Alex (L) and Merlin (R) are Two Boys on a Bike for Sight! In early October they will be cycling 10,000km from Cairo to Cape Town to distribute an innovative new medical device designed by the University of St Andrews to prevent eye disease.
Many great adventures have unexpected beginnings. The bicycle below, made for two, had been given to Alex by some friends as a quirky birthday present. It had never been intended to leave the small streets of St Andrews.
But in the midst of an unbearable heatwave, we soon found ourselves climbing through the Spanish Pyrenees. Well, until the chain flopped off once again, and we collapsed into a roadside flood drain, broke a dry muesli bar in half and pondered our decision to ride through the country on a bike laden with climbing gear.
One year on, and buoyed by that experience, we are making preparations to cover twelve times the distance, through higher temperatures, on a more heavily laden bike. And there might not even be muesli bars…
Albert Einstein said that he came up with some of his greatest ideas whilst pedalling. We returned to the University of St Andrews, had a wash, and then had a think. It was during a lecture that Merlin heard of the burden of eye disease in low-income countries: 240 million people are visually impaired worldwide, equivalent to the combined populations of the UK, Germany, France and Spain. While a staggering 80% of blindness is preventable, health workers in low-resource regions often lack the tools to diagnose and treat the conditions that lead to blindness.
Merlin also learned of a potential solution – the Arclight – an innovative device that can help health workers diagnose eye and ear diseases. At 1% of the cost of traditional tools, this lightweight and easy-to-use device is solar-powered and has been developed by the University of St Andrews specifically to meet the needs of low-resource settings. The International Agency for the Prevention of Blindness advocates it as a key tool in the fight against preventable blindness and would like to see it implemented across the globe. The next challenge faced by Arclight is how to get this new technology into some of the most medically deprived regions in the world.
As we discovered in Spain, a tandem is quite the packhorse and an inexpensive and interesting way of covering large distances – so we approached the University with a proposal. With their support we could carry out the most extensive distribution of Arclights to date. There was, however, just one condition: we had to do it by tandem!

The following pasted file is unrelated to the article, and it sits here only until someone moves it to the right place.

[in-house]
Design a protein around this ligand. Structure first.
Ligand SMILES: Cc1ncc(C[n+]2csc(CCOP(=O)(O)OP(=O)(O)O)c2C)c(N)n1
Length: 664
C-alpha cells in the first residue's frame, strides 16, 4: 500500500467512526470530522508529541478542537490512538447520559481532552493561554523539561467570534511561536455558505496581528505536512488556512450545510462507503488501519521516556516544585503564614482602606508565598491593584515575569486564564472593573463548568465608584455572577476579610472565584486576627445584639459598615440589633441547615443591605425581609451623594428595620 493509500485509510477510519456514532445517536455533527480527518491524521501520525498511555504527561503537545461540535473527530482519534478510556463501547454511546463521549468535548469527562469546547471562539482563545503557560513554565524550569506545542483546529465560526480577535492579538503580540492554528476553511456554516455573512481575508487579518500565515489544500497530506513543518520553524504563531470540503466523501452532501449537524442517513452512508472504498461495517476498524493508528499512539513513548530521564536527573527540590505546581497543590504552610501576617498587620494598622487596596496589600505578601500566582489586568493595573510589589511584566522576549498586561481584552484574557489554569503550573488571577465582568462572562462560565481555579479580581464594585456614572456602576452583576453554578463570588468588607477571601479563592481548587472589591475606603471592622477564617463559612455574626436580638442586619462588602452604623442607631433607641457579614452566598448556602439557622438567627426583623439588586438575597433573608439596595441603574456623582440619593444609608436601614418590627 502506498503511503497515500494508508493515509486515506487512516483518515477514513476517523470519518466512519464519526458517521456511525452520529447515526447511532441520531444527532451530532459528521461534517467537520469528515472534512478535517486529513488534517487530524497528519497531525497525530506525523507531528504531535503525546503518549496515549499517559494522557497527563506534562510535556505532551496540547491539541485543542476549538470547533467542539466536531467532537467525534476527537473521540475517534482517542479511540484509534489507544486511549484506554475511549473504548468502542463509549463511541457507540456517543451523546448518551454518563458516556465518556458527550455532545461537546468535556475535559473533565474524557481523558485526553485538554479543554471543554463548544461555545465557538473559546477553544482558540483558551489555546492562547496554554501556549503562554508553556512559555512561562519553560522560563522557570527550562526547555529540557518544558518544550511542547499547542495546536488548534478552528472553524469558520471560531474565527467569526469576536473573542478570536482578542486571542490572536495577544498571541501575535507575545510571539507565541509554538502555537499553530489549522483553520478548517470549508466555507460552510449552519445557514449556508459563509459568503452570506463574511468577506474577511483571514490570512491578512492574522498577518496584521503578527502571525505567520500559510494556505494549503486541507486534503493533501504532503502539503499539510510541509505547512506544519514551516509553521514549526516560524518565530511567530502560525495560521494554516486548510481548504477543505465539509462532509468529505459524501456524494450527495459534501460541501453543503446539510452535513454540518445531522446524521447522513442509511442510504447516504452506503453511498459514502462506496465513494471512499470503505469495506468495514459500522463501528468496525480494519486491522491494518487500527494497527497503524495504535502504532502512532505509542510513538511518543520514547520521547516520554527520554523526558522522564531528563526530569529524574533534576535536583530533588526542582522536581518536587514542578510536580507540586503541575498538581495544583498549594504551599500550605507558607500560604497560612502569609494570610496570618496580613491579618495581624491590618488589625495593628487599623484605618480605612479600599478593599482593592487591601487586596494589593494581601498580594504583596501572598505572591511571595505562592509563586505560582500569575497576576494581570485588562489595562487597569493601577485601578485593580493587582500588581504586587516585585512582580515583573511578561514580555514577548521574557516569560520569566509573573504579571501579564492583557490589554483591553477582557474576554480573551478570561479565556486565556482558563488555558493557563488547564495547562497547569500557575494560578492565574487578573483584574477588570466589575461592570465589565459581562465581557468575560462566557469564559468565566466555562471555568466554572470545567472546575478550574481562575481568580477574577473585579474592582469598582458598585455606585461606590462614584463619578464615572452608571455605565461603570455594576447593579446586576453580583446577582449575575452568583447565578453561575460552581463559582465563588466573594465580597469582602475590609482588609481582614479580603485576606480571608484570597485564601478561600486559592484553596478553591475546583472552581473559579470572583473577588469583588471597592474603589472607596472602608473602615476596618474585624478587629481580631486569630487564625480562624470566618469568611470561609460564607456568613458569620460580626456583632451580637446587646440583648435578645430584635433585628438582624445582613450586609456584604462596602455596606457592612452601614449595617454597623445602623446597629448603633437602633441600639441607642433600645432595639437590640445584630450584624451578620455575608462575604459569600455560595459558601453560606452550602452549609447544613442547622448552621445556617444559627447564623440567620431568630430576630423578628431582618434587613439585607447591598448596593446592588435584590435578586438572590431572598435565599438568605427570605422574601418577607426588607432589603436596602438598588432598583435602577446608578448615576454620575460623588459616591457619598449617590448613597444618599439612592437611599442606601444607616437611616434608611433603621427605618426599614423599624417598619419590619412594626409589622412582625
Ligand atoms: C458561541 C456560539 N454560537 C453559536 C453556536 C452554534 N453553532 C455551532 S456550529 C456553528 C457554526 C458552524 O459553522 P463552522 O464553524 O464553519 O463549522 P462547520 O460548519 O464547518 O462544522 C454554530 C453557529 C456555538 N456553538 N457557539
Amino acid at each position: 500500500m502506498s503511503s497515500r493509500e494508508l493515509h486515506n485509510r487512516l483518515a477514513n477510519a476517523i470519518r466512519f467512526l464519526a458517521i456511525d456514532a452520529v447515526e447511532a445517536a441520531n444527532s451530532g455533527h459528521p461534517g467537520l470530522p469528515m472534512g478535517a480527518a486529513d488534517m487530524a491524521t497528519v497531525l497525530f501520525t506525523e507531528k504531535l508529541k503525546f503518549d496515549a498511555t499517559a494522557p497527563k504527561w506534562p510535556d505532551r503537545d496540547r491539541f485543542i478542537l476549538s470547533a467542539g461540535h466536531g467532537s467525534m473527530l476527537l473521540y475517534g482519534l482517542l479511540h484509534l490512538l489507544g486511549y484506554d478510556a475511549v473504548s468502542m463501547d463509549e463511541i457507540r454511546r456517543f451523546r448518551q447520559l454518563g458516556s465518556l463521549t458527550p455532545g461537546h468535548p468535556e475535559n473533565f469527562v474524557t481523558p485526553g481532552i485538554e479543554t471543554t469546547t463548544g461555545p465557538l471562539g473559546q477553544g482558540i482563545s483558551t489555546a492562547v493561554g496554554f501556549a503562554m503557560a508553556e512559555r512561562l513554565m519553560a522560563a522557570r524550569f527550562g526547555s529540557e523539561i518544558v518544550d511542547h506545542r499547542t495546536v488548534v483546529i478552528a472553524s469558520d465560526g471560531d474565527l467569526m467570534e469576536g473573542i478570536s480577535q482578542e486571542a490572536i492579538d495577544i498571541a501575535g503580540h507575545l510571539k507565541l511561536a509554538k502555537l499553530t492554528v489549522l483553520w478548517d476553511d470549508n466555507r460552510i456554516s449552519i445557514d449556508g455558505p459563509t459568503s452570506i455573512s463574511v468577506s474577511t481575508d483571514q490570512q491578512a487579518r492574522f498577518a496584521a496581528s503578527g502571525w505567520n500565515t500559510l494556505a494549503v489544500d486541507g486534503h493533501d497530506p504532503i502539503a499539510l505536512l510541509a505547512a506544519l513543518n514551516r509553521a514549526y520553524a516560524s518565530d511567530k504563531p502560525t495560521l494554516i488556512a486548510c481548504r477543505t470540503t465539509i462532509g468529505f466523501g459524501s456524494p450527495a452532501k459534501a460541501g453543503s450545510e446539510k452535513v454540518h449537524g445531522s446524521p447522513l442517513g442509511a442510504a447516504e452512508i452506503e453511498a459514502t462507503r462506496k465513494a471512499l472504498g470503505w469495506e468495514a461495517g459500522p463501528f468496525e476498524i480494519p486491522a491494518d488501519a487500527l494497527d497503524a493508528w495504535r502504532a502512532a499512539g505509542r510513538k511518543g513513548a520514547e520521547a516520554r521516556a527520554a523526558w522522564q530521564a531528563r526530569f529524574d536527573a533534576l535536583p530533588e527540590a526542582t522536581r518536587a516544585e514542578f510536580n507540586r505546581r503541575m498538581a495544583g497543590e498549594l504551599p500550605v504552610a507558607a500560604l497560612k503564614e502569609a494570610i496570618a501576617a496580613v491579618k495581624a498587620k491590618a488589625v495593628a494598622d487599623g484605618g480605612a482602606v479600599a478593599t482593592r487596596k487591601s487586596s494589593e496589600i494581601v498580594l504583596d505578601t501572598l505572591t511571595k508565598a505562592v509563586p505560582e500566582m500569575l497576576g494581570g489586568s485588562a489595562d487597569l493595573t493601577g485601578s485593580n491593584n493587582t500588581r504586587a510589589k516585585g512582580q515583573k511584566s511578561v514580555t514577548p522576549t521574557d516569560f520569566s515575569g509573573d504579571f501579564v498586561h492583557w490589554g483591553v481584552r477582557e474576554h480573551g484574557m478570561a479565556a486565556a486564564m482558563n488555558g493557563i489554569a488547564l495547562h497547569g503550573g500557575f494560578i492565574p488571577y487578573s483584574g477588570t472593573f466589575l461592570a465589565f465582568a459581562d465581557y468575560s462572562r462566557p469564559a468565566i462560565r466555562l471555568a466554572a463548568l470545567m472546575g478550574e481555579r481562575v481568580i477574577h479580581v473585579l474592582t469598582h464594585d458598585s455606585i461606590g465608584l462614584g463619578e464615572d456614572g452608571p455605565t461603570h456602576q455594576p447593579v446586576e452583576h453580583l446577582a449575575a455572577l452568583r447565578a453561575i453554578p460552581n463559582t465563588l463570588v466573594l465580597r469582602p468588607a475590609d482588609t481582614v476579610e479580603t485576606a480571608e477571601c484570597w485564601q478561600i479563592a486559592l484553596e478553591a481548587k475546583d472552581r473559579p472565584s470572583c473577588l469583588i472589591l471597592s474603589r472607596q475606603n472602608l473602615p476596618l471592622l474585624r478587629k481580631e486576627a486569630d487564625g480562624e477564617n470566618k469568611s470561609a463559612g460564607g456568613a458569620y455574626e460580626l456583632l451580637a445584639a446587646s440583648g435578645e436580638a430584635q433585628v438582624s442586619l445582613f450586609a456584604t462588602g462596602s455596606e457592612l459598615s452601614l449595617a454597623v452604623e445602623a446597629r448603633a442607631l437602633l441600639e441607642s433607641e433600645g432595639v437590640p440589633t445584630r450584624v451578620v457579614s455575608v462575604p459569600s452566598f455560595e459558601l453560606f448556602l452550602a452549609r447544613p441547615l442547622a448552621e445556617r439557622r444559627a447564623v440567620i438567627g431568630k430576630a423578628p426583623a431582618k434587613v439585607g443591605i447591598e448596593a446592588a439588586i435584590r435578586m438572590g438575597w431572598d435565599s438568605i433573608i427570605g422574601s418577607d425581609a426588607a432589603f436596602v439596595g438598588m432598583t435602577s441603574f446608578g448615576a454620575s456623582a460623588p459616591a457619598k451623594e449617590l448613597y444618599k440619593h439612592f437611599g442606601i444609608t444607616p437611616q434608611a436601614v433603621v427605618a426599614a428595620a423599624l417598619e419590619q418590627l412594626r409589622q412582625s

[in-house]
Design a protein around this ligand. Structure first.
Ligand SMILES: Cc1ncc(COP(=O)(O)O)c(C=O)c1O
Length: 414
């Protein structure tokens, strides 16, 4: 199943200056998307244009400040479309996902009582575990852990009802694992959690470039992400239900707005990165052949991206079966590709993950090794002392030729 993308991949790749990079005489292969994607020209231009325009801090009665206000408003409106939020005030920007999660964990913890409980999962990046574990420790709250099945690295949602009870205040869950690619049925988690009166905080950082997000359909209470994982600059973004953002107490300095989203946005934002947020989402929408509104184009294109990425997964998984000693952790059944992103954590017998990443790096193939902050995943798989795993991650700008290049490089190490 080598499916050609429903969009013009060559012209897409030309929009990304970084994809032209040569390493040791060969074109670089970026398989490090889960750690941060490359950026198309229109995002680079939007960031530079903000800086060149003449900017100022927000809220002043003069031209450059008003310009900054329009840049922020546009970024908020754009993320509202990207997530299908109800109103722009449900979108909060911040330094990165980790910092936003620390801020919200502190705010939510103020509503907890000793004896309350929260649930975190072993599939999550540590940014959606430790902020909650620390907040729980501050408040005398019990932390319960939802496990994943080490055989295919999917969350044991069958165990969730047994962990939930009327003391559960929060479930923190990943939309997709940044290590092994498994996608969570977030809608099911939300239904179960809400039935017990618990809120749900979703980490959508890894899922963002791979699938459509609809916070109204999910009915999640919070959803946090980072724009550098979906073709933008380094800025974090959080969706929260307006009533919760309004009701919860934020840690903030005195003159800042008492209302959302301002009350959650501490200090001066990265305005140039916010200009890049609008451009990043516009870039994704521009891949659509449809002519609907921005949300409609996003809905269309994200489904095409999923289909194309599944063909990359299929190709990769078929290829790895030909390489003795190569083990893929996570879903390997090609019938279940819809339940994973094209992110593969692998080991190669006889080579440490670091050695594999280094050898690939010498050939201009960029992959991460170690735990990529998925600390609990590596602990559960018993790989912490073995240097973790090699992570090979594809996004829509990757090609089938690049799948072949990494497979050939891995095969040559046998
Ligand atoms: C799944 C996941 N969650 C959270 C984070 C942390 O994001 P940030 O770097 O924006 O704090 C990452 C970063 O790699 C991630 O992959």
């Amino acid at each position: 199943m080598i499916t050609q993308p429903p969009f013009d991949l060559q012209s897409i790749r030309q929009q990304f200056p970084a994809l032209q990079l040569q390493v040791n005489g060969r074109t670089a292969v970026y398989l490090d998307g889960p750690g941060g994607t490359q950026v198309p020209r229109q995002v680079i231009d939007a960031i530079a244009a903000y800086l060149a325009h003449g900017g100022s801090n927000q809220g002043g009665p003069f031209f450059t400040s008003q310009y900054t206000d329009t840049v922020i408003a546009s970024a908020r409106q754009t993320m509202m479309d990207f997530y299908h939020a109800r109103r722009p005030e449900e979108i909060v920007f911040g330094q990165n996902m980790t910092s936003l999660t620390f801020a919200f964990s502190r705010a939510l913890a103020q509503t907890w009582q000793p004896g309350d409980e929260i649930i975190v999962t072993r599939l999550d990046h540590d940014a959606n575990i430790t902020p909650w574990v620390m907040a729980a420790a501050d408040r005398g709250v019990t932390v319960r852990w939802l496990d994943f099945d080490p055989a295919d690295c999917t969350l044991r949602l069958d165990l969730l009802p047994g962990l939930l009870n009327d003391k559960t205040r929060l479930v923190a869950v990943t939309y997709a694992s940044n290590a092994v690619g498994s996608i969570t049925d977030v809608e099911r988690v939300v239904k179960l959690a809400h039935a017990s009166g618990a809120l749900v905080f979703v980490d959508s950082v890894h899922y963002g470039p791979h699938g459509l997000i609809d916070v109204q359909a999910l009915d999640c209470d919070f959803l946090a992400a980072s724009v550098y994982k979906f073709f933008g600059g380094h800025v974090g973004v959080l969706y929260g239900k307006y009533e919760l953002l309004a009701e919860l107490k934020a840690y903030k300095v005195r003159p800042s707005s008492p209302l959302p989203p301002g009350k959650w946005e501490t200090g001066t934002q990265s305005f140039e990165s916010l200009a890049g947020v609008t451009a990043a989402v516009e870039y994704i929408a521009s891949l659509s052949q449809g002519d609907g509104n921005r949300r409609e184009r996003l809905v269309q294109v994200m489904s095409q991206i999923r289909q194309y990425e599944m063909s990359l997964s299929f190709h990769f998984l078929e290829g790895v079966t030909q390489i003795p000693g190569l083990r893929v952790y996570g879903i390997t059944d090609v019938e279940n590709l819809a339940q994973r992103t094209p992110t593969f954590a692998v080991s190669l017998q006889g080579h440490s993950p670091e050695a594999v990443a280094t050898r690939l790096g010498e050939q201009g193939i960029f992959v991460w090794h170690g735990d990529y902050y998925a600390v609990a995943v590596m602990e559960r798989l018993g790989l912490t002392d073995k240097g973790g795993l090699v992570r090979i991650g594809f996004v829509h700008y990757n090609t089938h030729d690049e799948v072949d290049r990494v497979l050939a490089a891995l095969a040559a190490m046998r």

The expedition – Two Boys on a Bike for Sight: Cycling 10,000km from Cairo to Cape Town – will take us through 11 countries, passing through some of the most medically deprived parts of the world where there is also the greatest burden of eye disease. We aim to distribute over 2000 Arclights to health workers free of charge and provide them with the training that is needed to use the device effectively.
Our legs and wheels will take us on a transect of the African continent, through 64 degrees of latitude. Initially, the Nile will guide us through the sandstorms and heat of the Sahara and onto to the 3000m passes of the Ethiopian Highlands. On some nights we will camp under the stars, opening our tent to sunrise over the Serengeti, while others will be spent amongst the noise of Africa’s largest cities.
Early preparations began by reading about Scottish cyclist Mark Beaumont’s record-breaking cycle from Cairo to Cape Town. Mark has since become a valuable source of advice on all things cycling and is part of a network of support that includes the University of St Andrews, the Scientific Exploration Society, the International Agency for the Prevention of Blindness and, of course, the RSGS and their Explorers-in-Residence, Luke and Hazel Robertson.
We leap into the saddles in early October. Looking at our maps it seems to be downhill most of the way!